“To the hunter-gatherer tools and sometimes warm clothes were necessary for survival. Many of the items were highly valued collectibles that insured against starvation, purchased mates, and could substitute for massacre or starvation in event of war and defeat. The ability to transfer the capital of survival to one’s descendants was another advantage homo sapiens sapiens had over previous animals. Furthermore, the skilled tribesman or clan could accumulate a surplus of wealth from the occasional, but cumulative over a lifetime, trade of surplus consumables for durable wealth, especially collectibles. A temporary fitness advantage could be translated into a more durable fitness advantage for one’s descendants. […]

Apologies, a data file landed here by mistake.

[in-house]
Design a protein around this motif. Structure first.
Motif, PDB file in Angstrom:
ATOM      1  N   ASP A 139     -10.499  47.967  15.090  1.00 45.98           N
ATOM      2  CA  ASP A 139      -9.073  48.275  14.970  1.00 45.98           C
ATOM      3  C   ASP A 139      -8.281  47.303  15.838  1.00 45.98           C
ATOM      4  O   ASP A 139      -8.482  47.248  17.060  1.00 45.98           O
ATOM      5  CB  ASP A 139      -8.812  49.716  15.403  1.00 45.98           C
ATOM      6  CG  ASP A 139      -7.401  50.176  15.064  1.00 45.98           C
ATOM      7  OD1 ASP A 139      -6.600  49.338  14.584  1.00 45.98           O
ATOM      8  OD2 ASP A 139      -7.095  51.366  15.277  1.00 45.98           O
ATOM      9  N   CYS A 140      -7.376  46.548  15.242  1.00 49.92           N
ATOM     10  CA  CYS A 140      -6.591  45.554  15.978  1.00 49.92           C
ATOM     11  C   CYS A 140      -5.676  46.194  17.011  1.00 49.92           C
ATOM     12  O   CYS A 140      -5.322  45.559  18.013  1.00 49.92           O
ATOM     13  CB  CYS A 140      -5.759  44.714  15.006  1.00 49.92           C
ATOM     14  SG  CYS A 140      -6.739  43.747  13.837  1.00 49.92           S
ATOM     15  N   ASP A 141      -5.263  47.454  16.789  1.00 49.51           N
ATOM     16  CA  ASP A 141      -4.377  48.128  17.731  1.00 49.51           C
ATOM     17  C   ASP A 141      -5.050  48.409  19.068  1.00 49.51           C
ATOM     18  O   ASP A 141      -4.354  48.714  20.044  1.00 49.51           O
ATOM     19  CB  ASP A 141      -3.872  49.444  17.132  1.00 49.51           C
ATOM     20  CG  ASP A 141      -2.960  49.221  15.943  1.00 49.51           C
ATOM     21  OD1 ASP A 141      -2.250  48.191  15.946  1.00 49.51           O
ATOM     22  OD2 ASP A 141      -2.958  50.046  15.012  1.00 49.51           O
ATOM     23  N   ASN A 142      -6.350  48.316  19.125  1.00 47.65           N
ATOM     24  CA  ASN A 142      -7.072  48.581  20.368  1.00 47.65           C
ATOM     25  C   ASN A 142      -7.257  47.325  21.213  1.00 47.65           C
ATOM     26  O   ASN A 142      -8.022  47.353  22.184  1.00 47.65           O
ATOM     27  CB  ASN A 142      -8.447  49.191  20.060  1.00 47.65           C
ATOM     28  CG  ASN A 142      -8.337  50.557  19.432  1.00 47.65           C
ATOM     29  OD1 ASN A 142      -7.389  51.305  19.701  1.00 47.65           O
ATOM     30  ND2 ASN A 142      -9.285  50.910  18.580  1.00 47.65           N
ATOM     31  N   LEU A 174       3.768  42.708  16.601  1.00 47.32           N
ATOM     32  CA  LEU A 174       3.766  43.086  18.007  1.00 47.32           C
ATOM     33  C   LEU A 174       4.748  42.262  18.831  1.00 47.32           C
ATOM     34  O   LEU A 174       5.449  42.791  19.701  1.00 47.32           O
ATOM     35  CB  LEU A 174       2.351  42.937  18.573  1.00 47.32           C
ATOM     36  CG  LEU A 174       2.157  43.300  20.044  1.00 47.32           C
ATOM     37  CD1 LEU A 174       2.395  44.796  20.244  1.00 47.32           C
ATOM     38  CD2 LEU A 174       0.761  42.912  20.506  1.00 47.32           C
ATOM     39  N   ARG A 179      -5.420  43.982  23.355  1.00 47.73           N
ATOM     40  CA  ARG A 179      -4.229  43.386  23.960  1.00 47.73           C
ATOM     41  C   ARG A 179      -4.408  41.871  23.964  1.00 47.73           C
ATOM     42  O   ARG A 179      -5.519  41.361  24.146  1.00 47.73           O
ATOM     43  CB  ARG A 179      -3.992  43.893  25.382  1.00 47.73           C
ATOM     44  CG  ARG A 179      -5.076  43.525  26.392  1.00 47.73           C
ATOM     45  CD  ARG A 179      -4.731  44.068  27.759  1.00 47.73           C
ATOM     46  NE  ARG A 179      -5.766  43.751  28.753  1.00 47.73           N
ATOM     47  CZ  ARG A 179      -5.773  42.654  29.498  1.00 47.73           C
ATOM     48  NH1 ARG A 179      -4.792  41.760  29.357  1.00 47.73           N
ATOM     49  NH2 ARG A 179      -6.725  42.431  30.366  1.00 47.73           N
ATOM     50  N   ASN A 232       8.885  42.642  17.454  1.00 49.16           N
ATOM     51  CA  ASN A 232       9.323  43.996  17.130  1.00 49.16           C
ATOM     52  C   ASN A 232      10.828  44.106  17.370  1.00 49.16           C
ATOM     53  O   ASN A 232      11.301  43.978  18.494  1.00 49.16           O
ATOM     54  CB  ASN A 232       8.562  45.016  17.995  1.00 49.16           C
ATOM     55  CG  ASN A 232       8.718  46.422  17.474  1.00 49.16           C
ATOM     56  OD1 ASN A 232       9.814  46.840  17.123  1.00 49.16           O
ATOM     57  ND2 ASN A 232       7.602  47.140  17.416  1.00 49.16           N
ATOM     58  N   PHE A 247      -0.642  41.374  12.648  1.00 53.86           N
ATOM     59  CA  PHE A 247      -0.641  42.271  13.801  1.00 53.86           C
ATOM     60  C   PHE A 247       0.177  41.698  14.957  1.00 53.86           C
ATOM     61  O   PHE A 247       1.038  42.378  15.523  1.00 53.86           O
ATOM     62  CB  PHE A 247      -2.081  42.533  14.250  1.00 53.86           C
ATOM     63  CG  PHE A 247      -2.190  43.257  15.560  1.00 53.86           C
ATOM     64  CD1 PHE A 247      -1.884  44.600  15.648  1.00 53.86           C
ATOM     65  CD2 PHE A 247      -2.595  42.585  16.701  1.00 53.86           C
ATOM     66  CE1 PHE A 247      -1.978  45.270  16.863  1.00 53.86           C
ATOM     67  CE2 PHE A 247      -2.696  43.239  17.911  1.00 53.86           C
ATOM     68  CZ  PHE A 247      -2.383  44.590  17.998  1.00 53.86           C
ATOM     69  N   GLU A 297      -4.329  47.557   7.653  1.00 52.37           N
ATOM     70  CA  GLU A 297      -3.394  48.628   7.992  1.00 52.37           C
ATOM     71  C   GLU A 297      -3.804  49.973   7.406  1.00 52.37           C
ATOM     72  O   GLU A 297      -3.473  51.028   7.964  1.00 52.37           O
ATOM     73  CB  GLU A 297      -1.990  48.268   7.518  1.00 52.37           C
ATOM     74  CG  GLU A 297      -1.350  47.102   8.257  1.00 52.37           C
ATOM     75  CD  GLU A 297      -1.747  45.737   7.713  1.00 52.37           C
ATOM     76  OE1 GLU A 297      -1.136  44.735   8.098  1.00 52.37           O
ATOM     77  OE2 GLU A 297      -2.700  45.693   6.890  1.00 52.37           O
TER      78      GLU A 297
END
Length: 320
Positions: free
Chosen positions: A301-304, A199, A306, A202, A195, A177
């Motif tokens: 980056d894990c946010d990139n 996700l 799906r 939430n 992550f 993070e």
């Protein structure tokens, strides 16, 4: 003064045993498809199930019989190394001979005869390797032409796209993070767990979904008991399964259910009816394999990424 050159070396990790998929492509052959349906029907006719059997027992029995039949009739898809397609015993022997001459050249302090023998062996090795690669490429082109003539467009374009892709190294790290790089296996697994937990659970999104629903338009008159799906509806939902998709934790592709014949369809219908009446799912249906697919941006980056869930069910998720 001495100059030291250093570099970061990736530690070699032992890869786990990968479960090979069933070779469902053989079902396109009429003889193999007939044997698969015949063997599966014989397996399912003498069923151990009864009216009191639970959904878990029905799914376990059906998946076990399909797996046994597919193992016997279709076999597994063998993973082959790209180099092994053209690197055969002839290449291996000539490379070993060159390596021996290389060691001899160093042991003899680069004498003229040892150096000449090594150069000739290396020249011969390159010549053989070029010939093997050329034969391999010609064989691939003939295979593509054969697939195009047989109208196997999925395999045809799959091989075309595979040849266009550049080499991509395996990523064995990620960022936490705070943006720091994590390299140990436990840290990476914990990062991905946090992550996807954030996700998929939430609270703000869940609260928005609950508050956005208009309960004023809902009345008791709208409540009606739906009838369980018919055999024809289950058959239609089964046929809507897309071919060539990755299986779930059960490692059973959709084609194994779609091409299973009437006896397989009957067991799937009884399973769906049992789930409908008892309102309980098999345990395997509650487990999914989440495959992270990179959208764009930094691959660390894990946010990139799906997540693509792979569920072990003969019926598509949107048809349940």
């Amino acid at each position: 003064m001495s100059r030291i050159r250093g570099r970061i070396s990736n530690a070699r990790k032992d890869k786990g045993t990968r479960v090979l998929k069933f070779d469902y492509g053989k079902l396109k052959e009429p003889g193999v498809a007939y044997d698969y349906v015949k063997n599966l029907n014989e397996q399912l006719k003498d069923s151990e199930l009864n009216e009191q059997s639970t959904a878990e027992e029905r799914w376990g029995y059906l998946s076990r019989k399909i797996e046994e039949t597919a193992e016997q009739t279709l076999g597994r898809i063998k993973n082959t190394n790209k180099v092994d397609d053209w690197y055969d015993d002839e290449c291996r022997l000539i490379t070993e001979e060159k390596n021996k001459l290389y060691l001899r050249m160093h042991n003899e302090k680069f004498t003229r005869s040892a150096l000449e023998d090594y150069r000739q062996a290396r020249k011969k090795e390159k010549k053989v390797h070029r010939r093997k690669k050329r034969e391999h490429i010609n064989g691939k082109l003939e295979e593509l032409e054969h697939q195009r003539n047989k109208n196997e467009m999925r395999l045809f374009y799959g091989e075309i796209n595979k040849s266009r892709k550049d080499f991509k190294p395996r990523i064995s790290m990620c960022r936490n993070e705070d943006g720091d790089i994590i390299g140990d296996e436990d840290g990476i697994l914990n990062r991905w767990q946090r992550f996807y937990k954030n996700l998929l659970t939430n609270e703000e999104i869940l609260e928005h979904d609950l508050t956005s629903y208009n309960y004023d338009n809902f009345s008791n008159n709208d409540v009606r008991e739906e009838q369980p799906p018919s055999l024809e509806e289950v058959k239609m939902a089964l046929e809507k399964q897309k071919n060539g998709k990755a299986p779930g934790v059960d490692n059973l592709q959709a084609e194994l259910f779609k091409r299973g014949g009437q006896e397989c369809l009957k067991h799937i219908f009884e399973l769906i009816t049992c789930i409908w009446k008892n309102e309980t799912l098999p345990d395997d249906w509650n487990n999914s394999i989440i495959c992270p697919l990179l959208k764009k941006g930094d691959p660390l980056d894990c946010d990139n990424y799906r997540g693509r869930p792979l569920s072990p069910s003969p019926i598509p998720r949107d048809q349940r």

Flints were quite likely the first collectibles, preceding special-purpose collectibles like jewelry. Indeed, the first flint collectibles would have been made for their cutting utility. Their added value as a medium of wealth transfer was a fortuitous side effect that enabled the institutions described in this article to blossom. These institutions, in turn, would have motivated the manufacture of special-purpose collectibles, at first flints that need have no actual use as cutting tools, then the wide variety of other kinds of collectibles that were developed by homo sapiens sapiens.”
Excerpt from “Shelling Out” by Nick Szabo, an essay on the origins of money.